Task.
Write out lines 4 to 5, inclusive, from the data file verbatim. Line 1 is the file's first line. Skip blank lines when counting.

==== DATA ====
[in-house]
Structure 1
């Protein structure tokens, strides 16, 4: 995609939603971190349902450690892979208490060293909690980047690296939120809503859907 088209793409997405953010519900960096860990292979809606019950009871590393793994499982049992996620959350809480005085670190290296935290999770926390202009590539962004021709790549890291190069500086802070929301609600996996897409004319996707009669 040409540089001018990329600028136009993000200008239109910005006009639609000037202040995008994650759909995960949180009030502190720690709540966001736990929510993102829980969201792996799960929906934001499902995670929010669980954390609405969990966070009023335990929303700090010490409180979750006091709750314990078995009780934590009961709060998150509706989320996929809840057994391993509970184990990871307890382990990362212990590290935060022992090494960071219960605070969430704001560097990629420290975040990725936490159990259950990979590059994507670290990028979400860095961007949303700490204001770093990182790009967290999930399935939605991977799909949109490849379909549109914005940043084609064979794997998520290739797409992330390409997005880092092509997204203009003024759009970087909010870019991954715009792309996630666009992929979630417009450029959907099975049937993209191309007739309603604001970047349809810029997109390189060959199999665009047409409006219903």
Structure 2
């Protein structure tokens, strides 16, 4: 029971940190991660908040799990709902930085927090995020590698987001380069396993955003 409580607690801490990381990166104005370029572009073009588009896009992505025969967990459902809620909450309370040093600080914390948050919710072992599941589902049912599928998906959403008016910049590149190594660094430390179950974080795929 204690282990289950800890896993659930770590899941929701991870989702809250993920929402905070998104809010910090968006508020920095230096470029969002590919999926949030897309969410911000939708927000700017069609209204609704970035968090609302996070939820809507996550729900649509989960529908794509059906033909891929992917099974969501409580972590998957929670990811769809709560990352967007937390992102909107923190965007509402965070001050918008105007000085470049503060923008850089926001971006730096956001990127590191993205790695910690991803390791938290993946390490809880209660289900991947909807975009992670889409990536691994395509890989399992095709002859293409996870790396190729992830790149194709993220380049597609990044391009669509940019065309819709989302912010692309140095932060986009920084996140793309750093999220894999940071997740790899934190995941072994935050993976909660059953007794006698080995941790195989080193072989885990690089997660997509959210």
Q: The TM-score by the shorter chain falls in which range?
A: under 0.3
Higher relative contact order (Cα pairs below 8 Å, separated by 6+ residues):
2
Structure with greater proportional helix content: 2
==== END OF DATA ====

Structure 2
């Protein structure tokens, strides 16, 4: 029971940190991660908040799990709902930085927090995020590698987001380069396993955003 409580607690801490990381990166104005370029572009073009588009896009992505025969967990459902809620909450309370040093600080914390948050919710072992599941589902049912599928998906959403008016910049590149190594660094430390179950974080795929 204690282990289950800890896993659930770590899941929701991870989702809250993920929402905070998104809010910090968006508020920095230096470029969002590919999926949030897309969410911000939708927000700017069609209204609704970035968090609302996070939820809507996550729900649509989960529908794509059906033909891929992917099974969501409580972590998957929670990811769809709560990352967007937390992102909107923190965007509402965070001050918008105007000085470049503060923008850089926001971006730096956001990127590191993205790695910690991803390791938290993946390490809880209660289900991947909807975009992670889409990536691994395509890989399992095709002859293409996870790396190729992830790149194709993220380049597609990044391009669509940019065309819709989302912010692309140095932060986009920084996140793309750093999220894999940071997740790899934190995941072994935050993976909660059953007794006698080995941790195989080193072989885990690089997660997509959210």